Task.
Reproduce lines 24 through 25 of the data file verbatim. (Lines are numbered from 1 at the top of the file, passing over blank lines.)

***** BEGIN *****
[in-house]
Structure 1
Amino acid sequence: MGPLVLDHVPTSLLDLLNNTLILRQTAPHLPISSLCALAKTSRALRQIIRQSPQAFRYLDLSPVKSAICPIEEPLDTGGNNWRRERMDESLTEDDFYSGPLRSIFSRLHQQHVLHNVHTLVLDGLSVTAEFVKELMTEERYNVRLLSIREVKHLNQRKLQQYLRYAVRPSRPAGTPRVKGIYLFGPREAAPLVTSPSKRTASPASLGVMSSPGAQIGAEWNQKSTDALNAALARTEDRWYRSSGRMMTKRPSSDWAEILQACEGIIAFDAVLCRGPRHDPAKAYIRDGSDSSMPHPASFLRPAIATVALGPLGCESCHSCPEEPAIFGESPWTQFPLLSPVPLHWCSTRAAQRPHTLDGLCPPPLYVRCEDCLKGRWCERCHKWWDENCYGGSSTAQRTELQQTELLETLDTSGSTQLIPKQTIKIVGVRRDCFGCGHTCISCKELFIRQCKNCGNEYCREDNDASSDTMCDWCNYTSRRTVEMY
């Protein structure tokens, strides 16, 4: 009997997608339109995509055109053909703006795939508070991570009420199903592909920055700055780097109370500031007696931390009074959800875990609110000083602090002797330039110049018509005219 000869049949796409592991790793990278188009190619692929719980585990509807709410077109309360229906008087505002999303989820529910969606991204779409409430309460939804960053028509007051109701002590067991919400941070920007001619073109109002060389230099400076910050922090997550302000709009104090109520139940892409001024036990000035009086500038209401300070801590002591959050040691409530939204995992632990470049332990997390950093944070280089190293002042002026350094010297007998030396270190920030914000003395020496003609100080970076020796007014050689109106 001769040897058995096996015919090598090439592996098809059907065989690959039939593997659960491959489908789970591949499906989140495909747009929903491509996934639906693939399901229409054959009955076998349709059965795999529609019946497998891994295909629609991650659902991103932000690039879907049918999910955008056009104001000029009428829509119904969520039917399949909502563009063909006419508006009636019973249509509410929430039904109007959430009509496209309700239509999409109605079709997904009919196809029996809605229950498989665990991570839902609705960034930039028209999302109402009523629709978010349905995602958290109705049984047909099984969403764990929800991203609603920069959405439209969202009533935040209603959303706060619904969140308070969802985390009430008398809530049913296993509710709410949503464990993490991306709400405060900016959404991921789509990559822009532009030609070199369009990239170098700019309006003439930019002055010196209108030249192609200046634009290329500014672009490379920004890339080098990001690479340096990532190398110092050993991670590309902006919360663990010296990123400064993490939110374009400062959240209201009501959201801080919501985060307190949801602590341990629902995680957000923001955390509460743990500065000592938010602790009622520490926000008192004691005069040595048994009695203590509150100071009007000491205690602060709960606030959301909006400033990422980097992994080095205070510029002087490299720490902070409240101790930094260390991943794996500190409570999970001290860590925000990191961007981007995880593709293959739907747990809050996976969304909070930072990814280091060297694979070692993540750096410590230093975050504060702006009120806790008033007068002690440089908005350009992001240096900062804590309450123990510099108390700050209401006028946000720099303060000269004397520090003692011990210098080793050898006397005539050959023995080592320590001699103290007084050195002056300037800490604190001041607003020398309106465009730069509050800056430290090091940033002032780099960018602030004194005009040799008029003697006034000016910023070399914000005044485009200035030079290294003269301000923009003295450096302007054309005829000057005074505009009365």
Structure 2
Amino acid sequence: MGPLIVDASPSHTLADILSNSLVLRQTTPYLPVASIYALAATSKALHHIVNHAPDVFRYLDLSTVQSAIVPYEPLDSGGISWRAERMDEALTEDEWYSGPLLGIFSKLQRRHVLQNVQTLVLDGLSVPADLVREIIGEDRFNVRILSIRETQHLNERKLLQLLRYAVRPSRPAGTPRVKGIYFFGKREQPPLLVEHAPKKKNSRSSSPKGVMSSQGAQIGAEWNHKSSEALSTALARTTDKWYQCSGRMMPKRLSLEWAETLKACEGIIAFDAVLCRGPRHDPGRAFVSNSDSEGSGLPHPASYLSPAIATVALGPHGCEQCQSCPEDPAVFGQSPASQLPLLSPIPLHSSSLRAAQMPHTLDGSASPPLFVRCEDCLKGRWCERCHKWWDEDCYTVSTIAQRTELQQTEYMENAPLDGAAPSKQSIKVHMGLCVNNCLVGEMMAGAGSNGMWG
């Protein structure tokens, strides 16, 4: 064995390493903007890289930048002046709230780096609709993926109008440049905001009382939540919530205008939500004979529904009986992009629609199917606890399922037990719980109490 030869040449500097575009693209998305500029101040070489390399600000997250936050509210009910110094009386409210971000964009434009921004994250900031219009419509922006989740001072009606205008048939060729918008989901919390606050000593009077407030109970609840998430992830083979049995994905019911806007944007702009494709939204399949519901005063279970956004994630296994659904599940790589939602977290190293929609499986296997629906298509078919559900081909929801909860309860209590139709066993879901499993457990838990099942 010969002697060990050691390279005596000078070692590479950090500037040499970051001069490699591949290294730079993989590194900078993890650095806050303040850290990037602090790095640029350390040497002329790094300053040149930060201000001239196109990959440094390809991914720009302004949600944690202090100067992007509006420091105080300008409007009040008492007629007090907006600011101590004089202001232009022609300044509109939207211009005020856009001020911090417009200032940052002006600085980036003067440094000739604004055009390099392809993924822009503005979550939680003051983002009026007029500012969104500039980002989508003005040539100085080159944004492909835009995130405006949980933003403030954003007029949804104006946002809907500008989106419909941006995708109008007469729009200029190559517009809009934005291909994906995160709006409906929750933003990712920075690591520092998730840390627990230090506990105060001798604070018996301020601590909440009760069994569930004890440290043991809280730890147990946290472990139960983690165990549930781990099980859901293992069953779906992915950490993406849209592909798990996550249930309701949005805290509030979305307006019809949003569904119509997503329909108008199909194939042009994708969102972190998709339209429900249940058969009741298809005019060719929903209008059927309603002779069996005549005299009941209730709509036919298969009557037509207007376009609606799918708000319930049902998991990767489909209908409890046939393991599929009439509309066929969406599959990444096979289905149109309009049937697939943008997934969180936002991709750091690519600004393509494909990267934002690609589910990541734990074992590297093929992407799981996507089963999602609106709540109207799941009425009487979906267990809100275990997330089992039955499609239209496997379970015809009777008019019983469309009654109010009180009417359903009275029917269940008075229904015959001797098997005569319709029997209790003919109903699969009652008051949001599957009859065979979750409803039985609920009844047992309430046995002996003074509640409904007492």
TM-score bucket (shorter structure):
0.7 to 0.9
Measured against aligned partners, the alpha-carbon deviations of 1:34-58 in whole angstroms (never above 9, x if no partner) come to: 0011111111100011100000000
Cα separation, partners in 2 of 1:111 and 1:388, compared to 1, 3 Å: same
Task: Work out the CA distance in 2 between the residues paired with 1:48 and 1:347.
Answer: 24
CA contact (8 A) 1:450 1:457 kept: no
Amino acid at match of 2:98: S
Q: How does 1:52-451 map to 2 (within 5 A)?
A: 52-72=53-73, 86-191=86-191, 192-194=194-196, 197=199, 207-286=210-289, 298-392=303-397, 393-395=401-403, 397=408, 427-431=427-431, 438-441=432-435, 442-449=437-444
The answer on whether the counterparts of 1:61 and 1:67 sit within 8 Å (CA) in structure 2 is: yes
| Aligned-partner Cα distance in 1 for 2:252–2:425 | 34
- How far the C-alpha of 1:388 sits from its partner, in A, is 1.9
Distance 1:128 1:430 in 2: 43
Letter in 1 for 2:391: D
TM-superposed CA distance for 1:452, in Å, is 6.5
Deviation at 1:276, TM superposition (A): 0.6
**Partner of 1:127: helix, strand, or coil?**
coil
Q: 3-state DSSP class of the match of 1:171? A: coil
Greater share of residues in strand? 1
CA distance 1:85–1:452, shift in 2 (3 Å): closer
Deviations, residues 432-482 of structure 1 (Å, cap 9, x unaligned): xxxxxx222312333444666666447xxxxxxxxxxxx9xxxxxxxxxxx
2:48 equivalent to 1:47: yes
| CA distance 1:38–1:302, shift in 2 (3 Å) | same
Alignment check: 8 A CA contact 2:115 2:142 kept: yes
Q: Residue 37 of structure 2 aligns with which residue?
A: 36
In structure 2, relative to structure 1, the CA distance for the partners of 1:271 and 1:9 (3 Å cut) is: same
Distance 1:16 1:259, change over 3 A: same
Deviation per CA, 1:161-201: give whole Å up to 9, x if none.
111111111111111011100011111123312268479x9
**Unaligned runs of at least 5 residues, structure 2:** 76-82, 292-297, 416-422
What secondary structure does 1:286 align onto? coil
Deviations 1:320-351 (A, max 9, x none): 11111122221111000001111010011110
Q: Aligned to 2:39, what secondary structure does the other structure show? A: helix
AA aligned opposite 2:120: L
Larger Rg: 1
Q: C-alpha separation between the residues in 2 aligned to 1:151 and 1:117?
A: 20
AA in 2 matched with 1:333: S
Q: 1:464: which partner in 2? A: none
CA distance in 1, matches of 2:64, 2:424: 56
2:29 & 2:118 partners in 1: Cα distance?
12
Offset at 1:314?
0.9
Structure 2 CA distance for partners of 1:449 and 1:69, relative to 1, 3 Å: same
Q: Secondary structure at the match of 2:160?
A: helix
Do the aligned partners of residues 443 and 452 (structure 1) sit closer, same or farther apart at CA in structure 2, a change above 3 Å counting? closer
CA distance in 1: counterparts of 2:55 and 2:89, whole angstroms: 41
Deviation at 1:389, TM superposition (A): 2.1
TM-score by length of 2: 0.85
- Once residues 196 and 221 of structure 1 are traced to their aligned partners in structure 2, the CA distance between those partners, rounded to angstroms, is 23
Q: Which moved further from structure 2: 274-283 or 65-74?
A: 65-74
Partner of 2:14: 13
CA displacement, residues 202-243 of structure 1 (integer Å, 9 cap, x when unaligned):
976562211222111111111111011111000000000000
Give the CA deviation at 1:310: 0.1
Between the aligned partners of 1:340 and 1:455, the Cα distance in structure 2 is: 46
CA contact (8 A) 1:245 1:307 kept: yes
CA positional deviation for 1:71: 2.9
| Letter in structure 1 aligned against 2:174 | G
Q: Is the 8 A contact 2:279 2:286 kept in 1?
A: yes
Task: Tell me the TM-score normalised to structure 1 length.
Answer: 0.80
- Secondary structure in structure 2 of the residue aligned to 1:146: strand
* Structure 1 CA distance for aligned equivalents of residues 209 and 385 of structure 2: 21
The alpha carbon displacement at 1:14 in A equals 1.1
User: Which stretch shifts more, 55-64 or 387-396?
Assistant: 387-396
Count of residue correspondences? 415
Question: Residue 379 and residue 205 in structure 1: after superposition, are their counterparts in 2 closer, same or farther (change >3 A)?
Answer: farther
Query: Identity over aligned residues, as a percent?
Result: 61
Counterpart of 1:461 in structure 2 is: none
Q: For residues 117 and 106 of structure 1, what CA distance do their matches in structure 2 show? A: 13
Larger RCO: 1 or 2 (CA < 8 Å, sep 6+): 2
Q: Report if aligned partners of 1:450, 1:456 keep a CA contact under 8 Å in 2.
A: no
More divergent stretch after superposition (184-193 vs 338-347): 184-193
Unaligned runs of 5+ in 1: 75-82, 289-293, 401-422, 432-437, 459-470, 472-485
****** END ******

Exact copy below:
Deviation at 1:276, TM superposition (A): 0.6
**Partner of 1:127: helix, strand, or coil?**